WICKENBURG - Aaron Levels held a green viewing tray up to his eyes, studying what looked like a tadpole squirming in an inch or so of water.
The possible tadpole had most recently squirmed in the Hassayampa River, which cut a quiet path under a footbridge where a group of sixth-graders panned the shallow water like riparian prospectors searching for aquatic life and, perhaps, higher marks.
"It has a tail ... no shell ... no legs," he said, reciting from a checklist that guided the students through an exercise no classroom could duplicate.
"It looks like a leech," another classmate suggested. What they sought was proof for their theory that rivers support the widest range of riparian life, a premise that emerged from a water-education program offered at a growing number of Valley schools.
Tracy Thunem, Aaron's teacher at Ryan Elementary School in Chandler, consulted a laminated chart and eyed the specimen, listening as another student wondered if it might be a midge pupa. Thunem leaned toward the tadpole, but either way, it was better-received than the spiders from the first scoop of sediment.
"Hey, guys," said Chris Gammage, standing in the river, his feet and legs protected by oversize wading boots. "I think I got something here."
For the rest of the morning, Thunem's students and about 100 others from Ryan and cross-town neighbor Frye Elementary School conducted their own investigation at the Hassayampa River Preserve, an area maintained by the Nature Conservancy just off U.S. 60.
Wednesday's field day was part of a yearlong water-education program developed by the University of Arizona Cooperative Extension. The program is designed to help students learn about water, from its source in rivers and aquifers, to the taps in their homes and schools. More than 10,000 Valley students will participate this year in the classroom lessons, which are linked to state education standards, including reading, writing, math, science and social studies.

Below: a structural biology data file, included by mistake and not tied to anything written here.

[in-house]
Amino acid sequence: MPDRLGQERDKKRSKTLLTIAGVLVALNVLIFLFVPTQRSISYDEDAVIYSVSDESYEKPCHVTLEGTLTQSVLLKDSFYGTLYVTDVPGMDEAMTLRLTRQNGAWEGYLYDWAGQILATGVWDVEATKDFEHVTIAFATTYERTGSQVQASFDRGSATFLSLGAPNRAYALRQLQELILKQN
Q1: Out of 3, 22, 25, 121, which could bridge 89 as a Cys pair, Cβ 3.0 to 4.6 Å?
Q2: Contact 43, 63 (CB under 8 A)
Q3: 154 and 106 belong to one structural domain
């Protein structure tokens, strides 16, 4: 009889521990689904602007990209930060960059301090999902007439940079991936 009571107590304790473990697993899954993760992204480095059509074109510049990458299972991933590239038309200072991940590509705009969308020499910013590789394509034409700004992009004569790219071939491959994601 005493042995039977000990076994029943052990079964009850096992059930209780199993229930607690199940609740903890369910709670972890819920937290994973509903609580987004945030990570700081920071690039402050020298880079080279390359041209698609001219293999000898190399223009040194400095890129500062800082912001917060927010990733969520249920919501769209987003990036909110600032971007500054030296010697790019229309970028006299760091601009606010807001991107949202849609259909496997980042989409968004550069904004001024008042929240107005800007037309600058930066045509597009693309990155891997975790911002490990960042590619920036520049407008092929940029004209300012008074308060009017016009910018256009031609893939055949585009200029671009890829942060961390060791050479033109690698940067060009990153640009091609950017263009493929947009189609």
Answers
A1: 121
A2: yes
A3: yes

About 1,800 of those students will participate in field days like the one, traveling to the source of the water they have studied to make a connection with the natural environment, a living riparian system. The students test theories they devised during classroom study, such as the difference between the ecology of streams and lakes, how sediment affects water quality, and how streamflow shapes a river.
"The idea of the field trip itself is they see the value of water in the natural environment," said Kerry Schwartz, director of Arizona Project WET, the UA education program. "They see this place is different. And it's different because there's water, and where there's water, there's more life."
Project WET began as a way to train teachers in water education (thus the acronym: water education for teachers). Nearly 7,000 teachers have completed the training since the program began in 2000, adding to their curriculum lessons in rivers, groundwater and water conservation, along with activities like home water-use audits. The training is funded by contributions from state agencies, cities and counties, water providers such as Salt River Project and the Central Arizona Project and a handful of private sources.
The students put their knowledge to work in some instances. At St. David Elementary School in Cochise County, seventh-graders studying water use figured out that the school could save nearly 100,000 gallons a year by installing faucet aerators, a suggestion adopted by the school board.